Shanghai Children's Medical Centre, Shanghai Jiao-Tong University, Shanghai, China.
School of Public Health and Social Work, Queensland University of Technology, Brisbane, Australia.



Heatwaves are a critical public health problem. There will be an increase in the frequency and severity of heatwaves under changing climate. However, evidence about the impacts of climate change on heatwave-related mortality at a global scale is limited.


We collected historical daily time series of mean temperature and mortality for all causes or nonexternal causes, in periods ranging from January 1, 1984, to December 31, 2015, in 412 communities within 20 countries/regions. We estimated heatwave-mortality associations through a two-stage time series design. Current and future daily mean temperature series were projected under four scenarios of greenhouse gas emissions from 1971-2099, with five general circulation models. We projected excess mortality in relation to heatwaves in the future under each scenario of greenhouse gas emissions, with two assumptions for adaptation (no adaptation and hypothetical adaptation) and three scenarios of population change (high variant, median variant, and low variant). Results show that, if there is no adaptation, heatwave-related excess mortality is expected to increase the most in tropical and subtropical countries/regions (close to the equator), while European countries and the United States will have smaller percent increases in heatwave-related excess mortality. The higher the population variant and the greenhouse gas emissions, the higher the increase of heatwave-related excess mortality in the future. The changes in 2031-2080 compared with 1971-2020 range from approximately 2,000% in Colombia to 150% in Moldova under the highest emission scenario and high-variant population scenario, without any adaptation. If we considered hypothetical adaptation to future climate, under high-variant population scenario and all scenarios of greenhouse gas emissions, the heatwave-related excess mortality is expected to still increase across all the countries/regions except Moldova and Japan. However, the increase would be much smaller than the no adaptation scenario. The simple assumptions with respect to adaptation as follows: no adaptation and hypothetical adaptation results in some uncertainties of projections.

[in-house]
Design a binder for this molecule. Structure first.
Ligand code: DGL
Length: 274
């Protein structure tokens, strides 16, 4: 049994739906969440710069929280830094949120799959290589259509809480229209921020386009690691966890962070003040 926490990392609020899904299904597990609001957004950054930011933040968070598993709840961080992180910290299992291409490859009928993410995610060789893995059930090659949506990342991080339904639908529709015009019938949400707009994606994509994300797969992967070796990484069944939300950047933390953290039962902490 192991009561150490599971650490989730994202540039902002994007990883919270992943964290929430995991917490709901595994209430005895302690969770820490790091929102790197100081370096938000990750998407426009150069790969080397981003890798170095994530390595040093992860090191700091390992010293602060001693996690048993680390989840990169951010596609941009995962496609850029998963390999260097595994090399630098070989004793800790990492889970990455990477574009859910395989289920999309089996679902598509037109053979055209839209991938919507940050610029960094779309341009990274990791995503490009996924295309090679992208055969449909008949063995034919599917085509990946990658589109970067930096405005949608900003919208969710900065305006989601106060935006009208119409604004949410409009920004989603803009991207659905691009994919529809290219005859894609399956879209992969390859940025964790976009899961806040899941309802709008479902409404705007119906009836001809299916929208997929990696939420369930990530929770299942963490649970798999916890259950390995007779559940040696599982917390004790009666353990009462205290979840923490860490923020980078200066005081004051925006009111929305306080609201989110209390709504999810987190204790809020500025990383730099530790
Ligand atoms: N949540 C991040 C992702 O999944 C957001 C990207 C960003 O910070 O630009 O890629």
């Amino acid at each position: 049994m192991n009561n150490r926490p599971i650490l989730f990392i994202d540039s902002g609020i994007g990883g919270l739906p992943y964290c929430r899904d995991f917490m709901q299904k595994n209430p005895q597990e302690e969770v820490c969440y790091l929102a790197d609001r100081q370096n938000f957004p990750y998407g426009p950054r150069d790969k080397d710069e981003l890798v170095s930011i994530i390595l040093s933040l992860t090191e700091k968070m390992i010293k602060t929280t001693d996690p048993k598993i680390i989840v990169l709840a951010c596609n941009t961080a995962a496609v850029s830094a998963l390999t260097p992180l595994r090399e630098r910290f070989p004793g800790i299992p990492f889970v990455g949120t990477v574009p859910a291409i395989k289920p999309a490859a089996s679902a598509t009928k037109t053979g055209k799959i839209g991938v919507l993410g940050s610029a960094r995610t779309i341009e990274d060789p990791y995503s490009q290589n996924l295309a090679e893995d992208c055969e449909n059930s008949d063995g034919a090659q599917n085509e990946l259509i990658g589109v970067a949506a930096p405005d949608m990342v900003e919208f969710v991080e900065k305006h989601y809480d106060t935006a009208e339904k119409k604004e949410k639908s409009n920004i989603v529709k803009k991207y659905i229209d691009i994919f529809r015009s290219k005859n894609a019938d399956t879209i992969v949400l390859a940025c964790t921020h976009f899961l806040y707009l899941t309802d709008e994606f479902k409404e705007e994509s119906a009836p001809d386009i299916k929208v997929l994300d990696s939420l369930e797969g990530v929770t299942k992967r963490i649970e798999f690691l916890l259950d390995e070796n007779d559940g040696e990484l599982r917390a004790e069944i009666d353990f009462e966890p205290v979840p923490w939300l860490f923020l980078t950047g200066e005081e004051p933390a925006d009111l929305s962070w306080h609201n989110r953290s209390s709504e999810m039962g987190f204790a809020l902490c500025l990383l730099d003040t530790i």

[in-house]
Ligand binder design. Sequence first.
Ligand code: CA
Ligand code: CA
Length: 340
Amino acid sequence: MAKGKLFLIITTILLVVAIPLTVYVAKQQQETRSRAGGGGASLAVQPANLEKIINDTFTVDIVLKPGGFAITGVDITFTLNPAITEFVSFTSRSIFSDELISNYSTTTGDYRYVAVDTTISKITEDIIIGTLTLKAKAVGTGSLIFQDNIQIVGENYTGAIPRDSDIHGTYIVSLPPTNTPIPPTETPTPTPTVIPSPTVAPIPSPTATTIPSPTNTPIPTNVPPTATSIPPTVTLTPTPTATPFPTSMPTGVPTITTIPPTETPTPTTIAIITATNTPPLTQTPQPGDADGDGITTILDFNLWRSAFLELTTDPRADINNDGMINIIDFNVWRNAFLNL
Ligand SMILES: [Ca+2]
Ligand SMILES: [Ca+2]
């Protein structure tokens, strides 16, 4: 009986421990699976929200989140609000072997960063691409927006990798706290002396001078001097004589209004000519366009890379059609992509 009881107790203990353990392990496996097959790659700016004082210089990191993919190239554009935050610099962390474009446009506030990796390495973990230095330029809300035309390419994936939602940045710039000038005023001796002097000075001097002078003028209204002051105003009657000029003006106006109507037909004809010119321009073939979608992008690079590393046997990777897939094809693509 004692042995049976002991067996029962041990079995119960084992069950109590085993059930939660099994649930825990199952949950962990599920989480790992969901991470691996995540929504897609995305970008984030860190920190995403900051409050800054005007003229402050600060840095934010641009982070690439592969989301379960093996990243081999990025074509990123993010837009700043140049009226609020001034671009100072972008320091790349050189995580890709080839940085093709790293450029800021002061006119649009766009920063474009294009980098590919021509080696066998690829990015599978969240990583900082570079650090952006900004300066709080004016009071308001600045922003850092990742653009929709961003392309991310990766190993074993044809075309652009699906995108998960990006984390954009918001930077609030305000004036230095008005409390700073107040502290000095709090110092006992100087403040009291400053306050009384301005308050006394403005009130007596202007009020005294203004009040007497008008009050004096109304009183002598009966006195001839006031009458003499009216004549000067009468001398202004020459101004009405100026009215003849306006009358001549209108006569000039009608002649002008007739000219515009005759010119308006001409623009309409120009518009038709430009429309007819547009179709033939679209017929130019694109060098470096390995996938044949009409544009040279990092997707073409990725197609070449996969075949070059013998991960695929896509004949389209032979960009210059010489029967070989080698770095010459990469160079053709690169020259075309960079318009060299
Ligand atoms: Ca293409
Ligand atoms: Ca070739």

This study provides a comprehensive characterisation of future heatwave-related excess mortality across various regions and under alternative scenarios of greenhouse gas emissions, different assumptions of adaptation, and different scenarios of population change. The projections can help decision makers in planning adaptation and mitigation strategies for climate change.

[Indexed for MEDLINE]
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Conflict of interest statement

I have read the journal's policy and the authors of this manuscript have the following competing interests: MLB has received research grants from NIH and EPA, and travel expenses paid by universities and research institutions in order to give seminars and participate in research meetings. All other authors have declared that no competing interests exist.